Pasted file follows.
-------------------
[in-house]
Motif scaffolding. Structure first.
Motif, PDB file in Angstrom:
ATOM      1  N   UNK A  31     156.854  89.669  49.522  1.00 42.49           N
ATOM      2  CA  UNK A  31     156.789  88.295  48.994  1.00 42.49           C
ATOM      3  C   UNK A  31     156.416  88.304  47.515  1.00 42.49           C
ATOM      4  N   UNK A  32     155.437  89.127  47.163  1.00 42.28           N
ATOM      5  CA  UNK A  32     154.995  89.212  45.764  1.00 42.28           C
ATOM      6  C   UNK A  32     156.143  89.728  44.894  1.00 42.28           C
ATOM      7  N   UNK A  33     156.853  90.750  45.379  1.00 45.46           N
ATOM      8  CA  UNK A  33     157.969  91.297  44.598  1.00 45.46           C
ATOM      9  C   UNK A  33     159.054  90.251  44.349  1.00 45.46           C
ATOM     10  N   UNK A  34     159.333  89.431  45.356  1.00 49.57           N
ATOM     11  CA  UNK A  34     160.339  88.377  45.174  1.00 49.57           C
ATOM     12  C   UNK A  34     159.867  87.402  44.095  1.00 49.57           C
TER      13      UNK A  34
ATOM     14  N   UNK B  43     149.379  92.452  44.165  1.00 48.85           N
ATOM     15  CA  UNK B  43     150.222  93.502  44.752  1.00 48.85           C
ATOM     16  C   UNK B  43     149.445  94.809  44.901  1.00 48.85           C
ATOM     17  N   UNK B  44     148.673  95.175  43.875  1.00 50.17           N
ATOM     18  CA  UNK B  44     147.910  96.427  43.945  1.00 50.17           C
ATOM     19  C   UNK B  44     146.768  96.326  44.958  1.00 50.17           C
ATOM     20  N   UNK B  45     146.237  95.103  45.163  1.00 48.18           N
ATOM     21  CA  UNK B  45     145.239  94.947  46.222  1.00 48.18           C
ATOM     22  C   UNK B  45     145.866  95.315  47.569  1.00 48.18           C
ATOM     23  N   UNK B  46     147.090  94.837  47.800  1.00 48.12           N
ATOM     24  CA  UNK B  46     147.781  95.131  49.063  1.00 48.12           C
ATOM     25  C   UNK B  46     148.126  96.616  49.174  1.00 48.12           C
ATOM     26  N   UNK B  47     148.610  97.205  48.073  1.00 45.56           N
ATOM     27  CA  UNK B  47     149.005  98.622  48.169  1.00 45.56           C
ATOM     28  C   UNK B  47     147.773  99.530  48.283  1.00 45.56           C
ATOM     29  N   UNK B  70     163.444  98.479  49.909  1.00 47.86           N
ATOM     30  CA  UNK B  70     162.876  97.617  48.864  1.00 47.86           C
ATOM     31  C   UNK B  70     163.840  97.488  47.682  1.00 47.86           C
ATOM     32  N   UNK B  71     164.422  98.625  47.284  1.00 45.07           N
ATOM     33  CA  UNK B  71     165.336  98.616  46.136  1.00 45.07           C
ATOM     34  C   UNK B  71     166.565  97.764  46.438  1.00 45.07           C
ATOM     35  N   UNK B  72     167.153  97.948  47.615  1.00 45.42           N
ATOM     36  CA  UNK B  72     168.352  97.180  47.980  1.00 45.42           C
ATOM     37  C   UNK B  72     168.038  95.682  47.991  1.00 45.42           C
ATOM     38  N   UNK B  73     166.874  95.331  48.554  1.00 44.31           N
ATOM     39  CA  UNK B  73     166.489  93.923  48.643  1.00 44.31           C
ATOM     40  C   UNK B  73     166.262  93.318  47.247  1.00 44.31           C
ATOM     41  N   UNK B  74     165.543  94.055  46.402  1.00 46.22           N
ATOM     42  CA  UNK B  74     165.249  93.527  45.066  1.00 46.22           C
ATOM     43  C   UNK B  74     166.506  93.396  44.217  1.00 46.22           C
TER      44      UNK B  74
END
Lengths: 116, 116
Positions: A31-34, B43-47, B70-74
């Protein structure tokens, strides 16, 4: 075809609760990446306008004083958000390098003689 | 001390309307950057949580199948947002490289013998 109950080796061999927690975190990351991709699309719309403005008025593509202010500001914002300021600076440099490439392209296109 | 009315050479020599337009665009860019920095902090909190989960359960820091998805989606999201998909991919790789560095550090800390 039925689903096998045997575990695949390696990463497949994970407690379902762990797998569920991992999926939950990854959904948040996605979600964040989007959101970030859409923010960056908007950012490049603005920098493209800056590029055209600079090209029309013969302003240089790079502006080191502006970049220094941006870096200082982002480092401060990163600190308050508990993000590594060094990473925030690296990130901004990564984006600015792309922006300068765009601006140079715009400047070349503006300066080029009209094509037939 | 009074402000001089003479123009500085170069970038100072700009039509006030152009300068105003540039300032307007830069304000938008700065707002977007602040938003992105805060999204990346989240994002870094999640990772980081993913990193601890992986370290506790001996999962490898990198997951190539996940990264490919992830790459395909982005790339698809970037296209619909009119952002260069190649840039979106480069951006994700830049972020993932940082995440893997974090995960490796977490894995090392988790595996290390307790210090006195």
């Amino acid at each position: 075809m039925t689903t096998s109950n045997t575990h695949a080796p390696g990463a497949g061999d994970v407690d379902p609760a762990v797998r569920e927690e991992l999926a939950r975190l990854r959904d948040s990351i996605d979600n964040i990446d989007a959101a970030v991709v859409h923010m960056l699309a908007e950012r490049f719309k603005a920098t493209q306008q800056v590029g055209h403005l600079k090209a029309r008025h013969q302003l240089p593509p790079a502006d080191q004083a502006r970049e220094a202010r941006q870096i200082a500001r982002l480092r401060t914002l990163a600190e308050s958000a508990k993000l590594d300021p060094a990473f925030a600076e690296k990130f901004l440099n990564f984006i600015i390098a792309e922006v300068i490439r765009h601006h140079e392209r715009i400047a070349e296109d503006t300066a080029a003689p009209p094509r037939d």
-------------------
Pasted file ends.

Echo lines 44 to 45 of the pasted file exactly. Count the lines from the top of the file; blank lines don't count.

ATOM     41  N   UNK B  74     165.543  94.055  46.402  1.00 46.22           N
ATOM     42  CA  UNK B  74     165.249  93.527  45.066  1.00 46.22           C